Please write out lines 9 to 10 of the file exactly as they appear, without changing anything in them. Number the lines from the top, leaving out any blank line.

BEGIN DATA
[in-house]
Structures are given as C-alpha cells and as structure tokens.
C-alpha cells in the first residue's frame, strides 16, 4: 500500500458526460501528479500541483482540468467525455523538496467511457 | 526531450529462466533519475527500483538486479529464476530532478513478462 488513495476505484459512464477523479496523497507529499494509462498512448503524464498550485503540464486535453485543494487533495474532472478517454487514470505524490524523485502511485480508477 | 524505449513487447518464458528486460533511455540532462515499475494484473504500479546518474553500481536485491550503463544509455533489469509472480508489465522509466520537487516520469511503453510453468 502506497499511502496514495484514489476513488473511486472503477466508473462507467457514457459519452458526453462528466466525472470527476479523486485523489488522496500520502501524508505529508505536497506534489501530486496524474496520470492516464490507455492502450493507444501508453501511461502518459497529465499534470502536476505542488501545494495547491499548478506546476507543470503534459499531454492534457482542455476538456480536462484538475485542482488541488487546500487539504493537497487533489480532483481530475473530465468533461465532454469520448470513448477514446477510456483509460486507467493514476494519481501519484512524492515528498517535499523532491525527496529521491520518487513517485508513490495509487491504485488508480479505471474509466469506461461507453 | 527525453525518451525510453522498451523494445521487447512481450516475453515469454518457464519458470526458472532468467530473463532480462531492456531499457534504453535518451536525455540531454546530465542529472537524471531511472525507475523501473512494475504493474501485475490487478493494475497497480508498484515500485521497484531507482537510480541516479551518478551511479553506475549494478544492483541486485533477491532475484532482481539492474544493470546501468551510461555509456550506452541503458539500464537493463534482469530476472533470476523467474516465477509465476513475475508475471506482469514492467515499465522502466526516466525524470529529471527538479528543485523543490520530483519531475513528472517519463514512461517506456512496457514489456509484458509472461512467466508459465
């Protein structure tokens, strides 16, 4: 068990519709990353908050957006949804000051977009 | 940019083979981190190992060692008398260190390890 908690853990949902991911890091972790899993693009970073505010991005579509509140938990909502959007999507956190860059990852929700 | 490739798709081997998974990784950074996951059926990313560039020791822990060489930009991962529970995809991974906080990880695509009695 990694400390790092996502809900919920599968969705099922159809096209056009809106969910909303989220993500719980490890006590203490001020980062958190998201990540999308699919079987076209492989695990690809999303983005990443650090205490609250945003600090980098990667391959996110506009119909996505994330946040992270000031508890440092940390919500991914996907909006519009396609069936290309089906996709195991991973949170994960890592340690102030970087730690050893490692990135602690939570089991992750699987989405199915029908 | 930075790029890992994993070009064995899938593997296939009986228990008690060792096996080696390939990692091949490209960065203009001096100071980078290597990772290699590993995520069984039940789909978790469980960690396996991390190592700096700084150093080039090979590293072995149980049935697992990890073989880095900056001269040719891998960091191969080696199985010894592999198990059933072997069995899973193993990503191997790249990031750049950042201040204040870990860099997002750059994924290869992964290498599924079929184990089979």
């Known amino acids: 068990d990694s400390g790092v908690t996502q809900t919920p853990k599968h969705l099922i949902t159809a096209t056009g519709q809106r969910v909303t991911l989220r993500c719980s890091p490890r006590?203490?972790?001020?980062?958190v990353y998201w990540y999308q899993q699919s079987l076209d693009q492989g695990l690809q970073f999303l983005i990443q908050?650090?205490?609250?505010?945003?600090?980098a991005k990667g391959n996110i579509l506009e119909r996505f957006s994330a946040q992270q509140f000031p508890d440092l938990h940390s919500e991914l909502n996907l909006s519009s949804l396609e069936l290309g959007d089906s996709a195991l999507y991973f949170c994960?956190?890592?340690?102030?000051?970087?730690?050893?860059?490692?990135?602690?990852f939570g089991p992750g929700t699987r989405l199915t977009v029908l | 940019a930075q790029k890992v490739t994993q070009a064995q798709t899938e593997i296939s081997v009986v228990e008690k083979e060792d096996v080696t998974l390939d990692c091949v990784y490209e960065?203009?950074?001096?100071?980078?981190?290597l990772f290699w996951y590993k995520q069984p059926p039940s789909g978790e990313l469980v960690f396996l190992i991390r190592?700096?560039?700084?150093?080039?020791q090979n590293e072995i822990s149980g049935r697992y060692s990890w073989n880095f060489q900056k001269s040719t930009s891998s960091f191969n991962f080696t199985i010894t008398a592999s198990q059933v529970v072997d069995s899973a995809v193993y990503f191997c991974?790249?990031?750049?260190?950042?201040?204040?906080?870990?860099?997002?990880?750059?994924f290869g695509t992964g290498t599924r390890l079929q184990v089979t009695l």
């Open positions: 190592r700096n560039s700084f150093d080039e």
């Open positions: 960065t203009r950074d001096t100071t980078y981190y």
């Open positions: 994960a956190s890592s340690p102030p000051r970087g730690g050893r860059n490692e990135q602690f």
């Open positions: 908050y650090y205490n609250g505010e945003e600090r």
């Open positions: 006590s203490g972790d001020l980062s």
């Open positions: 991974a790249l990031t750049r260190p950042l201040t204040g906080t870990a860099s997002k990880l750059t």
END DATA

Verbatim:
């Open positions: 908050y650090y205490n609250g505010e945003e600090r």
């Open positions: 006590s203490g972790d001020l980062s």